By Luke Voogt
With a YouTube channel approaching a billion views and 1.3 million subscribers, kids’ band the Mik Maks could break a live-streaming record at Geelong Arts Centre.
The Geelong band’s channel has had more than 853 million views to date, according to guitarist Alan ‘Al’ McInnes.
“In about a month and a half we should reach over a billion – it really has taken off, especially over past 12 months,” the Marshall father-of-three said.
Tens of thousands tuned into Taylor Henderson’s recent live-stream concert at Geelong Arts Centre, but the Mik Maks might get even more watching with their international following.
“We have a big audience in the US, the UK and parts of Asia, but we also have a fantastic Geelong supporter base that have supported us through thick and thin.
“Without them we wouldn’t exist.”
The views have also gone up amid the COVID-19 pandemic with the band now considering a Netflix deal, according to Al.
“It’s definitely a different world for kids and how they consume content,” he said.
Al and brothers Joel, Dean and Brian grew up in a vastly different world “isolated” on a farm in the small town of Wickliffe, he said.
The only children’s shows they watched were Sesame Street and Play School, he said.
“Most of our days were spent out on the farm.”
The Mik Maks will recreate that childhood magic of building billy carts from old prams and catching yabbies in their live-streamed show Working on Farm.
The free online concert comes to Geelong Arts Centre at 1pm on June 27.
“A lot of kids don’t get that experience growing up on a farm and if we can tell that story, it takes them to a magical wonderland,” Al said.
But an empty theatre would be very different to playing in front of thousands of screaming kids in one of their, on average, 150 shows a year, Al said.
“Like any musician, we feed off the reactions of the audience.
“Kids will give you an honest opinion of what they’re feeling during a show pretty quickly. If they’re not enjoying something, they get distracted quite easily.”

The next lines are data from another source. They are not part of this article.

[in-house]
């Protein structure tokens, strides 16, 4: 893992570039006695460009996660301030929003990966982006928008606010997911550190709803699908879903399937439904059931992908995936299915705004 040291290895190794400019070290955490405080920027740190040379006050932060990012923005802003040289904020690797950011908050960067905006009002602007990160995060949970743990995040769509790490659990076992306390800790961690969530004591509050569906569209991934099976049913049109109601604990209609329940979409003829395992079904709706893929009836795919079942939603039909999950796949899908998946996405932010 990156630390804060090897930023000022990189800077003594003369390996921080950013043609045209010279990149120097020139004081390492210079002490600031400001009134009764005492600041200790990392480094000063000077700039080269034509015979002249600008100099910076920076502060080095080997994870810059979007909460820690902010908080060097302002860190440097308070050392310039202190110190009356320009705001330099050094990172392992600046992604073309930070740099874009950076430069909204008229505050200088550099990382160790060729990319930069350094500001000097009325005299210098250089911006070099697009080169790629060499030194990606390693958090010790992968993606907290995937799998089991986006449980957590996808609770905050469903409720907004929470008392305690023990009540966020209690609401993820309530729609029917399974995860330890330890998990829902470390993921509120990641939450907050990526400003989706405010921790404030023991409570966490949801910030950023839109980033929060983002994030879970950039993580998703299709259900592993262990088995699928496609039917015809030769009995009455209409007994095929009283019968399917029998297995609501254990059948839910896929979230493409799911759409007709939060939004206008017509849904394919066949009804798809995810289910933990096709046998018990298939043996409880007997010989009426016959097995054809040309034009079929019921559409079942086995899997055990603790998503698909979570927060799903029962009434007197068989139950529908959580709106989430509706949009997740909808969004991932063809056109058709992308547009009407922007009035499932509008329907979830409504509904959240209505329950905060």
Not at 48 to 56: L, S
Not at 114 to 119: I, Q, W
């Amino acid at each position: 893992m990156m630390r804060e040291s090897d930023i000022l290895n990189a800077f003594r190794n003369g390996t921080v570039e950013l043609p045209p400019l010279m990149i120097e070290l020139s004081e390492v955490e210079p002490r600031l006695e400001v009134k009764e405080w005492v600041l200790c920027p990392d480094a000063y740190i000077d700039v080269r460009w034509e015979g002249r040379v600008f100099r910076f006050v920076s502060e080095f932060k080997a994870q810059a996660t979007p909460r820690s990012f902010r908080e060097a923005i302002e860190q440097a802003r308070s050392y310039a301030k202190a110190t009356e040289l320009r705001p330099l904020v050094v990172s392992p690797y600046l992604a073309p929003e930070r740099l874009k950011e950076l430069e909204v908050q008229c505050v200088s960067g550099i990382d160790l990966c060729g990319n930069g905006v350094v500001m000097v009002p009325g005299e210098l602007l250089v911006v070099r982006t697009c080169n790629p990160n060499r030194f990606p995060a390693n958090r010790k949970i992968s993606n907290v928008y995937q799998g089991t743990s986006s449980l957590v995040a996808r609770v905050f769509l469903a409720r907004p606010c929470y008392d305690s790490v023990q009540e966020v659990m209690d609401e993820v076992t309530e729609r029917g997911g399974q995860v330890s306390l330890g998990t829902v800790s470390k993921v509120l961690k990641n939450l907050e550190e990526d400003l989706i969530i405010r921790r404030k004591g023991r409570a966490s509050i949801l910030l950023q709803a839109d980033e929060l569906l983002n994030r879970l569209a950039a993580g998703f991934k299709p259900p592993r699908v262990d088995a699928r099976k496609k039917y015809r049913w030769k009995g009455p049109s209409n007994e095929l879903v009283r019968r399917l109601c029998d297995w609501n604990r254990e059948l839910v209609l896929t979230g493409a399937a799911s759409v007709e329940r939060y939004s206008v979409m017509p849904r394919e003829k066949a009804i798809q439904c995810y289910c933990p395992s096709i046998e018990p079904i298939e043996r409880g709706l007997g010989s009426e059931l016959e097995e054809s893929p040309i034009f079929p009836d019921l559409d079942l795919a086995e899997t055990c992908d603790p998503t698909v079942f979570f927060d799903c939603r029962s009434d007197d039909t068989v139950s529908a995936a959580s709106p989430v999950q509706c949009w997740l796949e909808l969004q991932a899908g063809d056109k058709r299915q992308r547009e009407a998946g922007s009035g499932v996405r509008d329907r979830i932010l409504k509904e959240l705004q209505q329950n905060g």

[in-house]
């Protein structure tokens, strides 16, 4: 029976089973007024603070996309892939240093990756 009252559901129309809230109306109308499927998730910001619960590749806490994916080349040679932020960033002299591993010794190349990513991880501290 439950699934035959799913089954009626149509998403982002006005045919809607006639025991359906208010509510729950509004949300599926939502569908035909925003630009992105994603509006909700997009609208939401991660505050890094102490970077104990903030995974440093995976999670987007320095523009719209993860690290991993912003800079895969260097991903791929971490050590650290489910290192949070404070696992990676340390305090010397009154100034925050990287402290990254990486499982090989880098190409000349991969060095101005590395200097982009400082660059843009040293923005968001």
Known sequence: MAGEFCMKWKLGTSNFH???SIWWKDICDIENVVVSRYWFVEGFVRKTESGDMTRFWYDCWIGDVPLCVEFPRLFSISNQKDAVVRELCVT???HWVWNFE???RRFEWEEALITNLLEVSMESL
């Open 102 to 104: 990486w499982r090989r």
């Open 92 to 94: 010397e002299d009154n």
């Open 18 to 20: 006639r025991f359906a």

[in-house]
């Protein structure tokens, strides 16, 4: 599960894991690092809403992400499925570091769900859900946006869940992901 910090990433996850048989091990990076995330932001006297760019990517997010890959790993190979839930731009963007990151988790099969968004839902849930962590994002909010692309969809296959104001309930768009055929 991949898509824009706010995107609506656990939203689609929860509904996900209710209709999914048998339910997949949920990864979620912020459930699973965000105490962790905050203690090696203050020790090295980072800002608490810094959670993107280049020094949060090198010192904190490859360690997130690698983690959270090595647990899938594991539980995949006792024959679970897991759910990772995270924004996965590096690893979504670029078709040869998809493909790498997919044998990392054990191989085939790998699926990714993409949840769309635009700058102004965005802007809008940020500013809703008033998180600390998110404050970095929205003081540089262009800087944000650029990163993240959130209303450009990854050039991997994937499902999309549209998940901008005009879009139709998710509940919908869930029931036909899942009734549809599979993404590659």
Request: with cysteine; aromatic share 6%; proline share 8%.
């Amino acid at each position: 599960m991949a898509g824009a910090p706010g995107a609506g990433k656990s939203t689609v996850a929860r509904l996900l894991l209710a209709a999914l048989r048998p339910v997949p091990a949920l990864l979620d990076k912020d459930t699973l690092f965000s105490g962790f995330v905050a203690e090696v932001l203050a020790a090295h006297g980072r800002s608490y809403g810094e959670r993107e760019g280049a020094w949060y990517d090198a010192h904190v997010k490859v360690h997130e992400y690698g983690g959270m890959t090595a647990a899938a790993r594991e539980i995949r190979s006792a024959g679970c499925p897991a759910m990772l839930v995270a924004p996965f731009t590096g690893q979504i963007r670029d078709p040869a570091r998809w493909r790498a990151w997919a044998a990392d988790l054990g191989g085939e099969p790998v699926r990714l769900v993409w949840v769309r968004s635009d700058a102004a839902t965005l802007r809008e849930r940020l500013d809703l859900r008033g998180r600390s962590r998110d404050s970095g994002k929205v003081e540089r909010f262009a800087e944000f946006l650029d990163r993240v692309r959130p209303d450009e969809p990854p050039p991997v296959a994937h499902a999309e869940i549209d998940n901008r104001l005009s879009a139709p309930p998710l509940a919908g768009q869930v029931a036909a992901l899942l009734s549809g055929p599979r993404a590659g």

But Drums the panda was ready to smash out new solos to keep the kids entertained, Al said.
The enigmatic bamboo-loving drummer also designed the Mik Maks’ backdrops and online animation, he said.
“He’s a bit of a mystery but he’s an incredibly talented panda.”
Al hoped to give a shout-out to everyone who logged onto the live-stream, he said.
“But if there’s 10,000 kids on there it might be a little bit difficult.”
The Mik Maks grew out of a single song on a family camping trip after the brothers moved to Geelong, Al remembered.
The brothers had long been into music and Al played in local cover band Good Faces for Radio while working as a teacher.
Joel wrote a song when the brothers took their families to Port Fairy and all “the kids loved it”, Al said.
They first played as the Mik Maks at Anglesea Music Festival and their following grew from there.
Tragically, they lost their brother Dean in 2018 to complications from a blood condition.
“I’d never lost anyone close to me,” Al said.
“It took a lot of courage getting back into production knowing that his voice isn’t going to be there.”
But now Al thinks of ‘Deano’s’ work with the band as an everlasting tribute to his brother.
“I still look at his face every day in the CDs we’ve got out and hear his voice through all the recording that we’ve done.”
For information: geelongartscentre.org.au.